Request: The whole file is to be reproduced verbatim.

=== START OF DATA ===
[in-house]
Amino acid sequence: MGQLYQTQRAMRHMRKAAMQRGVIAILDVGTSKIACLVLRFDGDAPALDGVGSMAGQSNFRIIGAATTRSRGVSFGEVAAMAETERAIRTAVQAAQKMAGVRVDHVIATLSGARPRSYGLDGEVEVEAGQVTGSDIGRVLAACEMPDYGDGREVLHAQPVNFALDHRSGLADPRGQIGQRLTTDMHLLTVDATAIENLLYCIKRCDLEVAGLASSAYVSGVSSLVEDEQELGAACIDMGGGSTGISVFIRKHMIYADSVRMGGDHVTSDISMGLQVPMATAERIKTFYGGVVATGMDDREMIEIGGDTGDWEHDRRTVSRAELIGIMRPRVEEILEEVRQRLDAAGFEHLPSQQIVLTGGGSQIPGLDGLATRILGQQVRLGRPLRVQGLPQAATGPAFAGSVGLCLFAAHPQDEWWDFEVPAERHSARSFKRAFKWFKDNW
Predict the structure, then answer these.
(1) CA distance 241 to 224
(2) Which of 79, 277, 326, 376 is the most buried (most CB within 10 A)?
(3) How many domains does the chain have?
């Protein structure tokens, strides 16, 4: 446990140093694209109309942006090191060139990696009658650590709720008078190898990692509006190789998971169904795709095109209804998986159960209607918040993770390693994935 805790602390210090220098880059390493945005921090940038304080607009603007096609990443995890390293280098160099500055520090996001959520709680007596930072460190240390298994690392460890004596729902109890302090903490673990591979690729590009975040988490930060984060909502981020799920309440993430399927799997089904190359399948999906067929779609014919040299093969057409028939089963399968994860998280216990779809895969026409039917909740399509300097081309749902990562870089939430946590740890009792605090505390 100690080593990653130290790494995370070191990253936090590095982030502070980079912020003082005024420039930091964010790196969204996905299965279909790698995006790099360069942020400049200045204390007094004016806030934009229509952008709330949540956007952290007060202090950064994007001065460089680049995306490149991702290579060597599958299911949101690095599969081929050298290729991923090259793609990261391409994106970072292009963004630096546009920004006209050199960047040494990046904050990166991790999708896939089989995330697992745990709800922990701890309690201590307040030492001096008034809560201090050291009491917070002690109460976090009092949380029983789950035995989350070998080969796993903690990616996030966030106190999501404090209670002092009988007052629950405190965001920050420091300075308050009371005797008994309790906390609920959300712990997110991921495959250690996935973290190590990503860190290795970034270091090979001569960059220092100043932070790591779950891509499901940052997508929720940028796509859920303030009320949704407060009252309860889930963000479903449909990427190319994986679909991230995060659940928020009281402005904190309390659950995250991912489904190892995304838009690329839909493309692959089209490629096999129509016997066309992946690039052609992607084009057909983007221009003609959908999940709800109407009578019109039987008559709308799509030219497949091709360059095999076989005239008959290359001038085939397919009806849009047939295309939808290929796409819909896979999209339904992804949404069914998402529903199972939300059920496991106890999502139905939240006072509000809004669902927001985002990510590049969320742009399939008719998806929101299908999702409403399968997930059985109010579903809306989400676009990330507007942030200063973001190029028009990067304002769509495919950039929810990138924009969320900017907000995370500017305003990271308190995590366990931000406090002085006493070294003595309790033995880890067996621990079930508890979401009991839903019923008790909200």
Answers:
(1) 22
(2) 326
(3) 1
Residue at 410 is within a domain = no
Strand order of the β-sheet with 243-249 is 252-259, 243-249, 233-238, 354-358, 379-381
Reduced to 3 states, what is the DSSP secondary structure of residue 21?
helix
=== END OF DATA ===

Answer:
[in-house]
Amino acid sequence: MGQLYQTQRAMRHMRKAAMQRGVIAILDVGTSKIACLVLRFDGDAPALDGVGSMAGQSNFRIIGAATTRSRGVSFGEVAAMAETERAIRTAVQAAQKMAGVRVDHVIATLSGARPRSYGLDGEVEVEAGQVTGSDIGRVLAACEMPDYGDGREVLHAQPVNFALDHRSGLADPRGQIGQRLTTDMHLLTVDATAIENLLYCIKRCDLEVAGLASSAYVSGVSSLVEDEQELGAACIDMGGGSTGISVFIRKHMIYADSVRMGGDHVTSDISMGLQVPMATAERIKTFYGGVVATGMDDREMIEIGGDTGDWEHDRRTVSRAELIGIMRPRVEEILEEVRQRLDAAGFEHLPSQQIVLTGGGSQIPGLDGLATRILGQQVRLGRPLRVQGLPQAATGPAFAGSVGLCLFAAHPQDEWWDFEVPAERHSARSFKRAFKWFKDNW
Predict the structure, then answer these.
(1) CA distance 241 to 224
(2) Which of 79, 277, 326, 376 is the most buried (most CB within 10 A)?
(3) How many domains does the chain have?
């Protein structure tokens, strides 16, 4: 446990140093694209109309942006090191060139990696009658650590709720008078190898990692509006190789998971169904795709095109209804998986159960209607918040993770390693994935 805790602390210090220098880059390493945005921090940038304080607009603007096609990443995890390293280098160099500055520090996001959520709680007596930072460190240390298994690392460890004596729902109890302090903490673990591979690729590009975040988490930060984060909502981020799920309440993430399927799997089904190359399948999906067929779609014919040299093969057409028939089963399968994860998280216990779809895969026409039917909740399509300097081309749902990562870089939430946590740890009792605090505390 100690080593990653130290790494995370070191990253936090590095982030502070980079912020003082005024420039930091964010790196969204996905299965279909790698995006790099360069942020400049200045204390007094004016806030934009229509952008709330949540956007952290007060202090950064994007001065460089680049995306490149991702290579060597599958299911949101690095599969081929050298290729991923090259793609990261391409994106970072292009963004630096546009920004006209050199960047040494990046904050990166991790999708896939089989995330697992745990709800922990701890309690201590307040030492001096008034809560201090050291009491917070002690109460976090009092949380029983789950035995989350070998080969796993903690990616996030966030106190999501404090209670002092009988007052629950405190965001920050420091300075308050009371005797008994309790906390609920959300712990997110991921495959250690996935973290190590990503860190290795970034270091090979001569960059220092100043932070790591779950891509499901940052997508929720940028796509859920303030009320949704407060009252309860889930963000479903449909990427190319994986679909991230995060659940928020009281402005904190309390659950995250991912489904190892995304838009690329839909493309692959089209490629096999129509016997066309992946690039052609992607084009057909983007221009003609959908999940709800109407009578019109039987008559709308799509030219497949091709360059095999076989005239008959290359001038085939397919009806849009047939295309939808290929796409819909896979999209339904992804949404069914998402529903199972939300059920496991106890999502139905939240006072509000809004669902927001985002990510590049969320742009399939008719998806929101299908999702409403399968997930059985109010579903809306989400676009990330507007942030200063973001190029028009990067304002769509495919950039929810990138924009969320900017907000995370500017305003990271308190995590366990931000406090002085006493070294003595309790033995880890067996621990079930508890979401009991839903019923008790909200």
Answers:
(1) 22
(2) 326
(3) 1
Residue at 410 is within a domain = no
Strand order of the β-sheet with 243-249 is 252-259, 243-249, 233-238, 354-358, 379-381
Reduced to 3 states, what is the DSSP secondary structure of residue 21?
helix